Thursday, February 17, 2011

OSINT: large email address list imports with Maltego



Fans of OSINT are inevitably fans of Maltego; I count myself amongst the dedicated.
Given the recent HBGary debacle, you'll soon see where the following discussion may prove useful for discovery of relationships between entries in a large list of email addresses. Consider the prospect of grepping through the HBGary emails, culling out a list of unique entries, then transforming them as an entirety via Maltego to determine what other relationships may exist between entrants.

I've been hoping for some large list import functionality via Maltego local transforms, and Andrew at Paterva immediately provided upon request.
Imagine similar functionality as found in transforms discussed earlier where a CSV inclusive of IP addresses is imported (this older method was via Phrase entity pointed directly to the full path of the CSV), then unique IP address entities are populated to the Maltego UI workspace.
For our current scenario, Andrew has provided me (and thus you) with local transforms that will allow import of a CSV, now using EasyDialogs (Linux, Windows) inclusive of multiple email addresses, and populate them each as unique Email Address entities to the Maltego UI workspace.

Making sense?
I'll walk you through it.

First, ensure that you grab EasyDialogs as mentioned above and embed it properly with your Python interpreter.
Second, grab getEmailAddresses.py, the above mentioned local transform for email address list imports, and configure it for use with your Maltego instance.

Now, let's start with a googledork.
email addresses filetype:csv senator

The second hit yields a CSV of Virginia state delegates affiliated with the Hampton Roads Partnership.
Looks like fun.
NOTE: This is entirely benign OSINT, simply a good object model for validation of our new local transform.

After cleaning up the CSV to include only a column inclusive of the delegates email addresses, drag a Phrase entity onto the Maltego workspace; I named mine Virgina Delegates.
Right-click the Phrase entity, select Run Transforms, then Other Transforms, then getEmailAddresses. A pop-up window will appear (EasyDialogs) and ask you "Which file do you want to use?"
Give it the path (I used the shell extension CopyPath) to your CSV file and click OK.
Results will be populated as seen in Figure 1.


Figure 1

Highlight all the resulting Email Address entities that are now populated in the Maltego workspace, right-click the selection, choose Run Transforms, then Other Transforms, then To Website [using Search Engine]. It'll take a few minutes to run as there's some crawling to be done.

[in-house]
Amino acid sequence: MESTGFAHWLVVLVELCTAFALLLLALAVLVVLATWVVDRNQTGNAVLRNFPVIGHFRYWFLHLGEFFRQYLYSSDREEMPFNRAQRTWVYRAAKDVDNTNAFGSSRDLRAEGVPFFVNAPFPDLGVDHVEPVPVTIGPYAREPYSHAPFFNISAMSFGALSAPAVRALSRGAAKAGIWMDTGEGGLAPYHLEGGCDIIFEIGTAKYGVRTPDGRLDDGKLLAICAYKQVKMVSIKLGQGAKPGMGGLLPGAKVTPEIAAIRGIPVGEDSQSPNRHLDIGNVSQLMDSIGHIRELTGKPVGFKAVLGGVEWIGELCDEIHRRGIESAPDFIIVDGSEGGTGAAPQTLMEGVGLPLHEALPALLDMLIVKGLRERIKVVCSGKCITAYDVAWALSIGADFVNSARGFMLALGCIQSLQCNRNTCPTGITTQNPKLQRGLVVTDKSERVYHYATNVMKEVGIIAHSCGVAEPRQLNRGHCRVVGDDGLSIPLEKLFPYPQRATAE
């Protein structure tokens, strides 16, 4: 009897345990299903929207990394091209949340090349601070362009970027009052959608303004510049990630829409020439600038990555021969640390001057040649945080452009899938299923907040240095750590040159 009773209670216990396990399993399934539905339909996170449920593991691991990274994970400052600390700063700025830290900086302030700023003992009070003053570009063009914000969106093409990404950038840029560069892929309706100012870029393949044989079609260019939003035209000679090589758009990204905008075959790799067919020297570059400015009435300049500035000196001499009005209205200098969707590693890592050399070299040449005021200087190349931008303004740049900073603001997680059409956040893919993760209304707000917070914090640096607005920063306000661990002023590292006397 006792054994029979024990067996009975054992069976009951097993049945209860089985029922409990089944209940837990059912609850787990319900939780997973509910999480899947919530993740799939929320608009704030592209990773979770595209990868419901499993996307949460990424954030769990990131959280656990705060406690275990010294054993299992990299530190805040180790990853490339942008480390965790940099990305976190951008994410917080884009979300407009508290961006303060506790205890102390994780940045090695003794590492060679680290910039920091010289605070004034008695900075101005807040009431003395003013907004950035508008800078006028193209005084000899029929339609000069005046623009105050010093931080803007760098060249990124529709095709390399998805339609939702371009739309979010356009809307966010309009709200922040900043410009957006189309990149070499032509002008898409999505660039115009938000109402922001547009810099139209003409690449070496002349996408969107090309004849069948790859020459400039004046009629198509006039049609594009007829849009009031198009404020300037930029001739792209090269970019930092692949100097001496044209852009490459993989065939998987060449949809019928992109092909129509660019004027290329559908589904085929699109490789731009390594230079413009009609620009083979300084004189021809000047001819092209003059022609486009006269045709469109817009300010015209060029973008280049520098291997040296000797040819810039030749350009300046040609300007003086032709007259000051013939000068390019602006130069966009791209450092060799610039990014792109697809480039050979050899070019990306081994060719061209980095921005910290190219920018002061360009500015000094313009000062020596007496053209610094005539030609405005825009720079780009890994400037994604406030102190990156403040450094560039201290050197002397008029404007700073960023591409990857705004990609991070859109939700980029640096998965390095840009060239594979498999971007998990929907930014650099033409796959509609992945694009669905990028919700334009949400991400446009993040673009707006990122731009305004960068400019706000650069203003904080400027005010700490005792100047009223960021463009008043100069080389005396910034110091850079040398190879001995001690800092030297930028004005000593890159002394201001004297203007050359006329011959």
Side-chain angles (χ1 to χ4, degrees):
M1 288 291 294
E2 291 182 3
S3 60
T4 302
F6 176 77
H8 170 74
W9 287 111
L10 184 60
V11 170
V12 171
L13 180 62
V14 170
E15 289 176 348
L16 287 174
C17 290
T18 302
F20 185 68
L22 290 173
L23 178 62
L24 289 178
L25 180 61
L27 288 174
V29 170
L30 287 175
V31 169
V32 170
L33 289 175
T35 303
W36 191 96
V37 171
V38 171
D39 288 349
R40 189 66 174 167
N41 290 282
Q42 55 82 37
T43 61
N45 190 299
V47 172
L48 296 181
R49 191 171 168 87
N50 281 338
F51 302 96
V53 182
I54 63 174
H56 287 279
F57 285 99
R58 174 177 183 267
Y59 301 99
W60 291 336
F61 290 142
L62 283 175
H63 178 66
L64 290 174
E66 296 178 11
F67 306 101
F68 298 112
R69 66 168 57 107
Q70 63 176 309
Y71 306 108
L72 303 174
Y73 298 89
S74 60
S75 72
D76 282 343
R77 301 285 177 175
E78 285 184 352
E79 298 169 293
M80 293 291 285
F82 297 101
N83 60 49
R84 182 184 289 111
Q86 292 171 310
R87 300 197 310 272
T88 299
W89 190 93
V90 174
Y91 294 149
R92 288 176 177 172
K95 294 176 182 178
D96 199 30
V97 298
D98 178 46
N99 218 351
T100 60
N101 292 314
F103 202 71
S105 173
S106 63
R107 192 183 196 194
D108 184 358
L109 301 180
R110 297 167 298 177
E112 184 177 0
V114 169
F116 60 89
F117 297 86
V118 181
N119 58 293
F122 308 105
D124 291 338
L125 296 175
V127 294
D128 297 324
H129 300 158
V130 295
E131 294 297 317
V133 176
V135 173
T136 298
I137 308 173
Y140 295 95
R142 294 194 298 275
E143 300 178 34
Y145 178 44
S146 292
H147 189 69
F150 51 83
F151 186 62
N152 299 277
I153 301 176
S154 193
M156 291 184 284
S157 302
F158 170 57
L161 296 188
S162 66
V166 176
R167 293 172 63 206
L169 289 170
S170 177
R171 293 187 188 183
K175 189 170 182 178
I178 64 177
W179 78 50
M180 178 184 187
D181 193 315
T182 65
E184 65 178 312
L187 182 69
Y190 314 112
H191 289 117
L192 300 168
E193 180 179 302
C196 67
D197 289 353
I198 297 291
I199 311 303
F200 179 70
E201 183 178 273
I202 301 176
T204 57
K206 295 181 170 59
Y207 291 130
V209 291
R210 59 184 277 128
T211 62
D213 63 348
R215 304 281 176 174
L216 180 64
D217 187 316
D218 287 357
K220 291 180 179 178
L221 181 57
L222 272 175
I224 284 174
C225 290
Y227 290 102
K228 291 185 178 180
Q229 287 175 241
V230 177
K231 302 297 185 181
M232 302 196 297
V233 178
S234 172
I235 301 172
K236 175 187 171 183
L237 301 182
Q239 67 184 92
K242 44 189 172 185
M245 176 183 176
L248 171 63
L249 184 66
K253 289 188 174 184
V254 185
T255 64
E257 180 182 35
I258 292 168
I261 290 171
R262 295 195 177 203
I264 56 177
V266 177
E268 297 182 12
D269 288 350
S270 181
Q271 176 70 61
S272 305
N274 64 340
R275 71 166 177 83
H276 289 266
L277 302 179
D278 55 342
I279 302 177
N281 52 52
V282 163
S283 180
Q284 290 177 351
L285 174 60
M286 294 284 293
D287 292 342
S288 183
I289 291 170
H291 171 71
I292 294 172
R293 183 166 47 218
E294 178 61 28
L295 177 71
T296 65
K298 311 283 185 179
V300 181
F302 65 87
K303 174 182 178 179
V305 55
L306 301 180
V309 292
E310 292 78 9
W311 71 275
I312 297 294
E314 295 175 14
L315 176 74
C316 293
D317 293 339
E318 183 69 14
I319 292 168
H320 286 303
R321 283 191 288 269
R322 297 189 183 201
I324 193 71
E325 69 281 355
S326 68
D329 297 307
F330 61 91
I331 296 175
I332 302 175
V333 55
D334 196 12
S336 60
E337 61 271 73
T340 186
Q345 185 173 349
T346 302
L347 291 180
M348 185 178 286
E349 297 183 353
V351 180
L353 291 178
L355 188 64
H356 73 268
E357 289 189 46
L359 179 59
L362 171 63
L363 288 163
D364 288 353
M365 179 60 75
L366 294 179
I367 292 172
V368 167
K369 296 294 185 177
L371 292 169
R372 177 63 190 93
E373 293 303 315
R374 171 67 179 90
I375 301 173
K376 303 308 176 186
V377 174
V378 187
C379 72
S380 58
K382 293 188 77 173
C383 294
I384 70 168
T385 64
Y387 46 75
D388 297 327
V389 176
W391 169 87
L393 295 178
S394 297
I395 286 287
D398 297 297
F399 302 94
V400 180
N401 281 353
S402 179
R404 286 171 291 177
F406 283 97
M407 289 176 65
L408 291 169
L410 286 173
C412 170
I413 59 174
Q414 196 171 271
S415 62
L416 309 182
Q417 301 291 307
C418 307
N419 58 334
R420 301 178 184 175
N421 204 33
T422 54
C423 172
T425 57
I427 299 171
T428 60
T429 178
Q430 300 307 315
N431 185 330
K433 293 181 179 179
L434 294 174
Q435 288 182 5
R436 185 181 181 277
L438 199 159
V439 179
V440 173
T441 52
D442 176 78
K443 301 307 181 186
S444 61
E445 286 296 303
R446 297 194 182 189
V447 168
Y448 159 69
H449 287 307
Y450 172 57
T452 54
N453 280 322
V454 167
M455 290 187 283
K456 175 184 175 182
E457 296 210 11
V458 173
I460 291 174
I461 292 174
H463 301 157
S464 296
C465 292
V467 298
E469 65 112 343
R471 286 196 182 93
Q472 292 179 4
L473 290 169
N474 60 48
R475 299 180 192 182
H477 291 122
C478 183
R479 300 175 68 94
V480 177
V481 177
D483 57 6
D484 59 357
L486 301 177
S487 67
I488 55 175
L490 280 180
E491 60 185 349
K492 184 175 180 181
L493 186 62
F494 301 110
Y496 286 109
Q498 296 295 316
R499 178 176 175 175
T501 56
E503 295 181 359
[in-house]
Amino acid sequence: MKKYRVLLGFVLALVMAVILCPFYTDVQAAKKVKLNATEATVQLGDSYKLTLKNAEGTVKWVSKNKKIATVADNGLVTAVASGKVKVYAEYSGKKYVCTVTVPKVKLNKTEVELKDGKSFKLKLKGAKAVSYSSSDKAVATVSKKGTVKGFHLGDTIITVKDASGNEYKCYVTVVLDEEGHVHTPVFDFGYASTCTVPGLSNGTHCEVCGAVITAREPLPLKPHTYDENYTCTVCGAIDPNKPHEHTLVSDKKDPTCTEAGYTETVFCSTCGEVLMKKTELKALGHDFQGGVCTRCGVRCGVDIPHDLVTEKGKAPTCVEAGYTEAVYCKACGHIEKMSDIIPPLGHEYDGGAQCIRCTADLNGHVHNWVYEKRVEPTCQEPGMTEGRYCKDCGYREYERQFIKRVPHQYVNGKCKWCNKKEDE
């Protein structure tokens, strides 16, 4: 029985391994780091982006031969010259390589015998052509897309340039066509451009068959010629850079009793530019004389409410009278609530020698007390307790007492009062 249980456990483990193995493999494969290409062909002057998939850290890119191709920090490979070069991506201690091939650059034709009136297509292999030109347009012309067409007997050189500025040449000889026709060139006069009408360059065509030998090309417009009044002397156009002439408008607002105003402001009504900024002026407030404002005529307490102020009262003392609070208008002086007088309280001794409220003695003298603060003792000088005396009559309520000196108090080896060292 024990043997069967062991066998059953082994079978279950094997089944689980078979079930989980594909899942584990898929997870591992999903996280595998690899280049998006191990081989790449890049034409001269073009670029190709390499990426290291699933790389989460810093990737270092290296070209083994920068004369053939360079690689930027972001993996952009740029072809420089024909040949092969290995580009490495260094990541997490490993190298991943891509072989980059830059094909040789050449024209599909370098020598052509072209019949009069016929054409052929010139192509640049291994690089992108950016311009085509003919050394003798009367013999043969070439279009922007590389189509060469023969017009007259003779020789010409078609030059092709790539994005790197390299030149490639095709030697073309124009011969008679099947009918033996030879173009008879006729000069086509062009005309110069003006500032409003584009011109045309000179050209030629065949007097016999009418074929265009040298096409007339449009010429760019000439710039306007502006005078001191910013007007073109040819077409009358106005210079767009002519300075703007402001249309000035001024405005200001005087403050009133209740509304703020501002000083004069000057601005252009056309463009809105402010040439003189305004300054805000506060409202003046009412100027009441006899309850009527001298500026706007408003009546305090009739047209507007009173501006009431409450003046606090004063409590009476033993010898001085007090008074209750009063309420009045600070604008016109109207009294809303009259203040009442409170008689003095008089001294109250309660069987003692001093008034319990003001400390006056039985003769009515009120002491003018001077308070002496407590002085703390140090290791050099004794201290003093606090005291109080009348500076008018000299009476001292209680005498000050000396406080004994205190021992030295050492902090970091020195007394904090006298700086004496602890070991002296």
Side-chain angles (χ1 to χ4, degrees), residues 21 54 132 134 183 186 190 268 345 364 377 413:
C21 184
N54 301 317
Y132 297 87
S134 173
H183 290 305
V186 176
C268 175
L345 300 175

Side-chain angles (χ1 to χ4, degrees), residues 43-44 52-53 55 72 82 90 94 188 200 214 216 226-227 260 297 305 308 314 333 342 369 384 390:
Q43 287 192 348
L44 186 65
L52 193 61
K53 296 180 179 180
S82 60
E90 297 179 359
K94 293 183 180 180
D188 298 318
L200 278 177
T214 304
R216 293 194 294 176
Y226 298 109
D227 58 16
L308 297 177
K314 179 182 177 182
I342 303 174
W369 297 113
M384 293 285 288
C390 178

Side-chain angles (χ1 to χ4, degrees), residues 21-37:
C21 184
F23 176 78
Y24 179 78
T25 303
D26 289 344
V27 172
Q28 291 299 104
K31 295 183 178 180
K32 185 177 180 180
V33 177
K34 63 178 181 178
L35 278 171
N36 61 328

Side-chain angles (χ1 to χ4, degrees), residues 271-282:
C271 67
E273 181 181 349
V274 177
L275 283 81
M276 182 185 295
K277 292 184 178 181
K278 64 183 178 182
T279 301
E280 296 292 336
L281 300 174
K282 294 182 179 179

The Mining View of the results can be a bit of kluge as seen in Figure 2.


Figure 2

This transform is best viewed as Edge Weighted (Figure 3).


Figure 3

See the commonality regardless of view?
Both result sets point out the fact that one of the most significant relationships all these delegates share is...wait for it...the website for the firm owned by the person I can only imagine is...ta-da...their lobbyist!
Politics as usual. ;-)

Enjoy this transform, and stay tuned for more discussion of similar transforms.

Cheers.

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Saturday, February 05, 2011

El Jefe: The Boss Will See You Now



The February 2011 edition of the ISSA Journal includes toolsmith on the topic of El Jefe 1.1.
The boss, the big kahuna, El Jefe requires his due. From the folks at Immunity, El Jefe is a solution that intercepts native Windows API process creation calls, allowing you to track, monitor, and correlate process creation events.
Going many steps beyond tracking simple process creation, El Jefe provides a microscopic view of the binaries that are run: SHA1, PID, flags, sorted chronologically with spawned offspring while click-able for instant analysis.
You'll enjoy centralized storage; data which can be queried from the Django-based web app.
Setup is quite straightforward, making use of El Jefe equally so.
I experimented various malware types including Bifrost and Zeus on victim VMs and results were immediate.
Strings references were quickly revealed via Binary Information as seen in Figure 1.


Figure 1

Captured client logging includes evidence of intrusion based on suspicious entropy as seen from a Zeus infected VM in Figure 2.


Figure 2

I enjoyed researching El Jefe's capabilities to no end.
Well done and thanks to Immunity's Justin Seitz.

The article is posted for you here.

Speaking of things Zeus related, I'm presenting Malware-Proof: Building Resistant Web Applications at the RSA 2011 eFraud Network Forum (invitation only). See you there if you happen to be a signed-up attendee.

Enjoy and cheers.

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